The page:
We rented a mini-backhoe from our local hardware store, Hellers. William’s father managed to navigate the mini-backhoe through our narrow 300 foot long trail to the digging site. He barely missed the black birch elbow tree…and straddled a stump or two…and did it all in the pouring rain…but he made it! Two 4-5’ long trenches, each about 4.5’ deep, were dug in the southwest region of our property.
The mini-excavator leaving the Land of the Laurels
One of the infamous trenches. 4-5′ long…and only 4.5-ish feet deep.
I’m not exactly sure what our SEO saw, or how the soil texture let them know that it could do the job of filtering wastewater, but we passed our soil test!
The next step was prepping for perc.
Prepping for the Percolation Test
The SEO then proceeded to tell us that we needed to dig 14 holes about 6” wide in diameter and 15” deep. Seven holes were to be in the vicinity of one trench, seven holes in the other. In order for our SEO to do the percolation test, they also needed two to three 5 gallon buckets for each hole.
Our SEO then left, and told us to call them when we accomplished our next mission.
Digging the 14 holes was not a problem. My mom and dad even came out to help dig those, and I think it took us a total of 2 hours. However, getting the water up to the location of the trenches was quite the conundrum.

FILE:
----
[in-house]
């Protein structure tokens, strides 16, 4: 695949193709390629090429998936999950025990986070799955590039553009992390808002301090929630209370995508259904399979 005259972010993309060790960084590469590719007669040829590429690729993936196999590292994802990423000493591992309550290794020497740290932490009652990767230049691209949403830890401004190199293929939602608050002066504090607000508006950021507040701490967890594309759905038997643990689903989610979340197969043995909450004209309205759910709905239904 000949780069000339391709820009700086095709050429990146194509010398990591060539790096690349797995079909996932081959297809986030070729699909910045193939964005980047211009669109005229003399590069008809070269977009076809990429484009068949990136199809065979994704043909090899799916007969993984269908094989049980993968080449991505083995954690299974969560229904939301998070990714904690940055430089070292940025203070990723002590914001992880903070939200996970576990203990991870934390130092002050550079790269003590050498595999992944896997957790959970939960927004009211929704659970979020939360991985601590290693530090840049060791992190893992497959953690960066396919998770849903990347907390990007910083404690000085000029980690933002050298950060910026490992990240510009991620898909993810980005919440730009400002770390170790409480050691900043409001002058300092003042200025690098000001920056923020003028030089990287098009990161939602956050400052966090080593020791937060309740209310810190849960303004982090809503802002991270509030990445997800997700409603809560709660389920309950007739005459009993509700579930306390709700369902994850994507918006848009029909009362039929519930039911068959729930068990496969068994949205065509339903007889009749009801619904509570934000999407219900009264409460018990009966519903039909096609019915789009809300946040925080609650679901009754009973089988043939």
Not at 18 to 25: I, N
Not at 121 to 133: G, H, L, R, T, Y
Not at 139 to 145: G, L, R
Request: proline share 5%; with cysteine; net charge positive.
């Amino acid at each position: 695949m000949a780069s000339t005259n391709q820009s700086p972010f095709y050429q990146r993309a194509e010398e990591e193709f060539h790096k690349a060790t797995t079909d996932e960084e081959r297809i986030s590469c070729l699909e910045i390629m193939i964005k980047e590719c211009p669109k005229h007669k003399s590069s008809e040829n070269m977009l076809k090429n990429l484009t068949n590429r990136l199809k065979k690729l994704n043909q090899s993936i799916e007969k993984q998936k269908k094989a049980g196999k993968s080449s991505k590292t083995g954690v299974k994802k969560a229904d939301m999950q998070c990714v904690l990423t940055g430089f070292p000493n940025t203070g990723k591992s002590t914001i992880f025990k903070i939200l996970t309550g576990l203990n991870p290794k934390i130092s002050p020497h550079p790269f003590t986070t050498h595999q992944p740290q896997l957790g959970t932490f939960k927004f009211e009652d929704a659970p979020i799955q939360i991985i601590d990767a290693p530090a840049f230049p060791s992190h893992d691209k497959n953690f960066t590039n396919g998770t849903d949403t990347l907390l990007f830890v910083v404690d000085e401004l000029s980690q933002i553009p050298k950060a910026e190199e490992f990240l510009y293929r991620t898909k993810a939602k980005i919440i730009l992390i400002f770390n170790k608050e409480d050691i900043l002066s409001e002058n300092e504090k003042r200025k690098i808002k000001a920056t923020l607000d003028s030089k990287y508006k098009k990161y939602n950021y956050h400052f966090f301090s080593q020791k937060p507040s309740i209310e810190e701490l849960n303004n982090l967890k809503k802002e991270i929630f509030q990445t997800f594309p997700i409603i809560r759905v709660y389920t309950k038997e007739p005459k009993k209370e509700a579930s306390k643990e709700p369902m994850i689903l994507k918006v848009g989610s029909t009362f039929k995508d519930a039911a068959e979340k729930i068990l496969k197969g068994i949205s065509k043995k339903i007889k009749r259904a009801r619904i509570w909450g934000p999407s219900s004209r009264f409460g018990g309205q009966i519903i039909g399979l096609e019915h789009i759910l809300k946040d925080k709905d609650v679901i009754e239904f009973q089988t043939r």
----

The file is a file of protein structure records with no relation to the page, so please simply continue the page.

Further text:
If we had 14 holes, and needed two to three 5 gallon buckets per hole (let’s assume three buckets, which means 15 gallons per hole)…that’s 210 gallons of water. In case you were not already aware, water is heavy.
And getting the water up there wasn’t even all of it. We also had to figure out where we were going to get the water. Apparently, the groundwater table on that part of the mountain is very low and drains quickly. We are at the very top of a mountain and the spring for the creek is further down the mountain, about a quarter mile southeast of us~ so, it makes sense. That being said, we couldn’t get water from any of our nearby neighbors/hunting cabins (some of whom actually bring in truck loads of water for their hunting seasons…which, all of this solidified even further us relying 100% on rainwater collection for our future home’s water needs).
How did we handle our water conundrum? With a lil’ yellow Chevy Colorado and sheer man and woman power.